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Dental Abscess Overview

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A dental abscess is an infection of the mouth, face, jaw, or throat that begins as a tooth infection or cavity. These infections are common in people with poor dental health and result from lack of proper and timely dental care.

  • Bacteria from a cavity can extend into the gums, the cheek, the throat, beneath the tongue, or even into the jaw or facial bones. A dental abscess can become very painful when tissues become inflamed.
  • Pus collects at the site of the infection and will become progressively more painful until it either ruptures and drains on its own or is drained surgically.
  • Sometimes the infection can progress to the point where swelling threatens to block the airway, causing difficulty breathing. Dental abscesses can also make you generally ill, with nausea, vomiting, fevers, chills, and sweats.

 

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Causes of a Dental Abscess

The cause of these dental abscesses is direct growth of the bacteria from an existing cavity into the soft tissues and bones of the face and neck.

An infected tooth that has not received appropriate dental care can cause a dental abscess to form. Poor oral hygiene, (such as not brushing and flossing properly or often enough) can cause cavities to form in your teeth. The infection then may spread to the gums and adjacent areas and become a painful dental abscess.

Symptoms of a Dental Abscess

Symptoms of a dental abscess typically include:

  • Pain
  • Swelling
  • Redness of the mouth and face

Symptoms of advanced infection may include:

Other signs of an abscess might include, but are not limited to:

  • Cavities
  • Gum inflammation
  • Oral swelling
  • Tenderness with touch
  • Pus drainage
  • Difficulty fully opening your mouth or swallowing

When to Seek Medical Care for a Dental Abscess

If you think you have an abscess, call your dentist. If you cannot reach a dentist, go to a hospital's emergency department for evaluation, especially if you feel sick.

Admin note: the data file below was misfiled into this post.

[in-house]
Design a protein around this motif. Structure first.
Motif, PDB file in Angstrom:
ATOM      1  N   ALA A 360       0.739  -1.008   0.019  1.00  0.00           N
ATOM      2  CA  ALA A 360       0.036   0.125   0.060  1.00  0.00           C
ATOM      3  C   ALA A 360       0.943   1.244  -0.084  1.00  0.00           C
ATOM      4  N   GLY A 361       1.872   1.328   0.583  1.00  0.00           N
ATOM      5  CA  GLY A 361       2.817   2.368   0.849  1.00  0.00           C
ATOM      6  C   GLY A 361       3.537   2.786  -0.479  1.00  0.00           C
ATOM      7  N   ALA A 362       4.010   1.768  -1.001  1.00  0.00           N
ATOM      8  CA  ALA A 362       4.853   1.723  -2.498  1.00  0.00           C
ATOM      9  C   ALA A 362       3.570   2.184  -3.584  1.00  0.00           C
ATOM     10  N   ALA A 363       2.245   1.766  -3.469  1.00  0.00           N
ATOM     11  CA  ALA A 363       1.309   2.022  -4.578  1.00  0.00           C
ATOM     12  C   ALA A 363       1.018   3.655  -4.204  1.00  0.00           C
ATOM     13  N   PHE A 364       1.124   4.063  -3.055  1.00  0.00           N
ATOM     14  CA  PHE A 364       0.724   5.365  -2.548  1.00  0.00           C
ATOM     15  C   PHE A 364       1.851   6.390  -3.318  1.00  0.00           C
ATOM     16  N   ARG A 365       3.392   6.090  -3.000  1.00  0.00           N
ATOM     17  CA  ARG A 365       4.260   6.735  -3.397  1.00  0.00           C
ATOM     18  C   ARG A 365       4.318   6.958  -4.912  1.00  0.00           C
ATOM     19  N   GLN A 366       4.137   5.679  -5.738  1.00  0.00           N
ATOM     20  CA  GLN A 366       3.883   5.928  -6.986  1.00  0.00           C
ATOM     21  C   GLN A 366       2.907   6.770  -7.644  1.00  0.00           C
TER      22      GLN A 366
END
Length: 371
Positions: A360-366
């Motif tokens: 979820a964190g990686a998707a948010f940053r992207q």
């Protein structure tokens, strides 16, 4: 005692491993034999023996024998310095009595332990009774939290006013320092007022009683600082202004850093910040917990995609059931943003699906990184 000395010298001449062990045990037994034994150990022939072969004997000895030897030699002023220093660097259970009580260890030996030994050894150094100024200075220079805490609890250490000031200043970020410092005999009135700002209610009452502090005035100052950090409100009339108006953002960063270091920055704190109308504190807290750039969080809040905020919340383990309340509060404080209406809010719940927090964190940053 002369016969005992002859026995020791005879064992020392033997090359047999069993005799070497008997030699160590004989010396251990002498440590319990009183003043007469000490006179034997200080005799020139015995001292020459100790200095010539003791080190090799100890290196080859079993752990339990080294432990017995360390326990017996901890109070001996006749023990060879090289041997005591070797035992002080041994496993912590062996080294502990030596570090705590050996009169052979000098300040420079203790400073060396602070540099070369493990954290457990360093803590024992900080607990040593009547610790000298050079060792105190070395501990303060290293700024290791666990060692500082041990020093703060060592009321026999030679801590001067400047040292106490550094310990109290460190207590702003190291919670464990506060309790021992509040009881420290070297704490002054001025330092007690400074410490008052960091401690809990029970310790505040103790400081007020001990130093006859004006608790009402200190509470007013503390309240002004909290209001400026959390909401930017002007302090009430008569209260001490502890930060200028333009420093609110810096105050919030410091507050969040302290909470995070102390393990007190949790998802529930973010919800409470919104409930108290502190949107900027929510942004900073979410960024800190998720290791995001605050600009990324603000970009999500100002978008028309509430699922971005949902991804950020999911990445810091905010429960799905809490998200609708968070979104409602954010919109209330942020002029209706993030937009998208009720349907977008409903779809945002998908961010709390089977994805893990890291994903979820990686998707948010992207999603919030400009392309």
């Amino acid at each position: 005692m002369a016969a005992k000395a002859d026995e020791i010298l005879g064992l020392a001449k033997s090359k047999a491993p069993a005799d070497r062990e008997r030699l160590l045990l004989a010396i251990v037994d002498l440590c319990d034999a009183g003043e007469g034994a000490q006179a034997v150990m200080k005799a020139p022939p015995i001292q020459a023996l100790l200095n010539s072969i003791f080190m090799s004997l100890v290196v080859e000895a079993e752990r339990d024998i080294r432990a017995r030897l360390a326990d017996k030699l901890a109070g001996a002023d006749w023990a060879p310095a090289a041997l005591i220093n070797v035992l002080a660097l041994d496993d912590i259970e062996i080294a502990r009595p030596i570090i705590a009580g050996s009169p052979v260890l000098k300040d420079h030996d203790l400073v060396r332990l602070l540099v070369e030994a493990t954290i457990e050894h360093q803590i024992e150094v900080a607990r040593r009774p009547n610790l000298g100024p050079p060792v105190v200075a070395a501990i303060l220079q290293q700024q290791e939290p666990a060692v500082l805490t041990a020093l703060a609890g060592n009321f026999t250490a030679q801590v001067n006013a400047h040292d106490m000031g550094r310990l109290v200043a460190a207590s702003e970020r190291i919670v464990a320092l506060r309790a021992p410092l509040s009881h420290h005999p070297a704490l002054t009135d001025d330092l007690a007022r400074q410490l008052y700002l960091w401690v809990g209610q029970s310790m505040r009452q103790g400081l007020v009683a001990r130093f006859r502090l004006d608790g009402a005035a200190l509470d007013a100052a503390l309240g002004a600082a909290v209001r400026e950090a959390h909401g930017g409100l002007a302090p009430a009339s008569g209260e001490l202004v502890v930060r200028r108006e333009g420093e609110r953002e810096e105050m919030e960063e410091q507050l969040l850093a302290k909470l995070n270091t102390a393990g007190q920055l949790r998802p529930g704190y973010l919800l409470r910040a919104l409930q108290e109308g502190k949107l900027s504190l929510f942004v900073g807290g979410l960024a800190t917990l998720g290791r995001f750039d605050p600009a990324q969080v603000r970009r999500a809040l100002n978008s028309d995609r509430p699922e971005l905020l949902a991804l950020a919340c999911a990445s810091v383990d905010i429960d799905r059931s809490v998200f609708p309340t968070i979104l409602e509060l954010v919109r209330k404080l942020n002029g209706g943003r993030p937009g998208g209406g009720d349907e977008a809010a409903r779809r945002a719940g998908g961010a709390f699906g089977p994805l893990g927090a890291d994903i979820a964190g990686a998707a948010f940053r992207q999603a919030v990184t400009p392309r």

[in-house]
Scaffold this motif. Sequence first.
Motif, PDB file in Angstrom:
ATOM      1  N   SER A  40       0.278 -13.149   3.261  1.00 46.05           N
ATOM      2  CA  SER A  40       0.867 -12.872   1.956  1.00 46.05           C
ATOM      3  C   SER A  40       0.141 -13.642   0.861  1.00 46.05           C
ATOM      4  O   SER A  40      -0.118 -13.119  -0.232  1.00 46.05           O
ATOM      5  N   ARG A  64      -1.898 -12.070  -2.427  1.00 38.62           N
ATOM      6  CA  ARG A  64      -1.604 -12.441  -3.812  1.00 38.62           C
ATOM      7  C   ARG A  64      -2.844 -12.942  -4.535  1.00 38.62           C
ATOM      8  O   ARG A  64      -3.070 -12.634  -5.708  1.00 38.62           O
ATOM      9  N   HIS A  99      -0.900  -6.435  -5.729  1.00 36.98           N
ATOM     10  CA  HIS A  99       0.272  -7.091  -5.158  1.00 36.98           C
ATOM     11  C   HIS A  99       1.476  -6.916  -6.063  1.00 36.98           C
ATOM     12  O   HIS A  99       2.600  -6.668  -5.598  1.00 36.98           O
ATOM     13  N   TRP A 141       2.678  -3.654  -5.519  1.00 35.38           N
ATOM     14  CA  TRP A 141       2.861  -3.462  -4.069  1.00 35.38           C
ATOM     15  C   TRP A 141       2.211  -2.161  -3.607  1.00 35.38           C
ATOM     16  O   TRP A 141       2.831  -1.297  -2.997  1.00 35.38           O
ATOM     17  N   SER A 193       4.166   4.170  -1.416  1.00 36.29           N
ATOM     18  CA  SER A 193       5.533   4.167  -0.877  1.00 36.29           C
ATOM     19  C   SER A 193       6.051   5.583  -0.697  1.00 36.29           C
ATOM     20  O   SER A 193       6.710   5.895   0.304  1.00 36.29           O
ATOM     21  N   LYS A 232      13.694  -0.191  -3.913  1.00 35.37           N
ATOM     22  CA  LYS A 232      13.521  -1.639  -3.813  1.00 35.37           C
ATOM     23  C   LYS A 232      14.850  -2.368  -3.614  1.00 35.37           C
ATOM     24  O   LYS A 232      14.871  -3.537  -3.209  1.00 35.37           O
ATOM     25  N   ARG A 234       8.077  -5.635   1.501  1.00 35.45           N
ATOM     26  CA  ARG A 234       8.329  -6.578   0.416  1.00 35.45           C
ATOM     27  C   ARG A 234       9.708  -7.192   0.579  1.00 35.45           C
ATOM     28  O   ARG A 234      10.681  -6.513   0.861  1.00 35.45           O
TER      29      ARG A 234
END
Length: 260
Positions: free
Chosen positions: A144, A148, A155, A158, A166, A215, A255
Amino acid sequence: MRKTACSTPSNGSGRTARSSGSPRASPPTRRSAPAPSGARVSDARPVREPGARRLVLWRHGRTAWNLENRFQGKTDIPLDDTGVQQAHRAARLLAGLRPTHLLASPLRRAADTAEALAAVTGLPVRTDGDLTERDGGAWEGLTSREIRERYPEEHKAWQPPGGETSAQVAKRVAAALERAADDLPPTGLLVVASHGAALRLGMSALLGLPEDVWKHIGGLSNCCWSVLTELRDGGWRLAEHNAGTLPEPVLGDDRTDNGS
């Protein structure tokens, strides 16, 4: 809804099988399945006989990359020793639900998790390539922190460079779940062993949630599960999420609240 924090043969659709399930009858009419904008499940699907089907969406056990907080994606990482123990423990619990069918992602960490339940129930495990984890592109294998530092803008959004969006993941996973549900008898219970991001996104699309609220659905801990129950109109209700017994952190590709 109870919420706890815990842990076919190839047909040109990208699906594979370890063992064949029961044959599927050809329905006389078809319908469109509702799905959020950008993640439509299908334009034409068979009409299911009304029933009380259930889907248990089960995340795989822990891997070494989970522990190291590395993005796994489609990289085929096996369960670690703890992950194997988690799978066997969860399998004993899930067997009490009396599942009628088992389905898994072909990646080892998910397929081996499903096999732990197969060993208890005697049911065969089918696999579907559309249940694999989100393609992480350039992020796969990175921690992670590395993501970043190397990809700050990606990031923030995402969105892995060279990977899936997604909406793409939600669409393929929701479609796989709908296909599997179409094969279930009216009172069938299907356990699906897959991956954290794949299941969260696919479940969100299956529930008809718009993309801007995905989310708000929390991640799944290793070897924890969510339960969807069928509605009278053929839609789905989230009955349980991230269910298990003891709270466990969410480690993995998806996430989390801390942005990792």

• If an infection becomes so painful that it cannot be managed by nonprescription medicines, see your doctor or dentist for drainage.
  • If you develop fever, chills, nausea, vomiting, or diarrhea as a result of a dental abscess, see your doctor.
  • If you have intolerable pain, difficulty breathing or swallowing.

How Do I Measure Up? Get the Facts Fast!

Number of Days Per Week I Floss

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Only 18.5% of Americans never floss. You are missing out on a simple way to make a big difference in the health of your mouth. Regardless of how well you brush, plaque still forms between your teeth and along your gums. Floss removes food trapped between the teeth and removes the film of bacteria that forms there before it turns to plaque, which can cause inflamed gums (gingivitis), cavities, and tooth loss. Try flossing just one tooth to get started.

You are one of 31% of Americans who don't floss daily. You are missing out on a simple way to make a big difference in the health of your mouth. Regardless of how well you brush, plaque still forms between your teeth and along your gums. Toothbrush bristles alone cannot clean effectively between these tight spaces. Flossing removes up to 80% of the film that hardens to plaque, which can cause inflamed gums (gingivitis), cavities, and tooth loss. Aim for 3 more days!

You are one of 31% of Americans who don't floss daily, but you're well on your way to making a positive impact on your teeth and gums. Regardless of how well you brush, plaque still forms between your teeth and along your gums. Toothbrush bristles alone cannot clean effectively between these tight spaces. Flossing removes up to 80% of the film that hardens to plaque, which can cause inflamed gums (gingivitis), cavities, and tooth loss. Aim for all 7 days!

Only 50.5% of Americans floss daily, and good for you that you are one of them! Regardless of how well you brush, plaque still forms between your teeth and along your gums. Toothbrush bristles alone cannot clean effectively between these tight spaces. Flossing removes up to 80% of the film that hardens to plaque, which can cause inflamed gums (gingivitis), cavities, and tooth loss. Congratulations on your good oral health habit!

SOURCES:

American Dental Association, Healthy People 2010

This tool is intended only for adults 18 and older.

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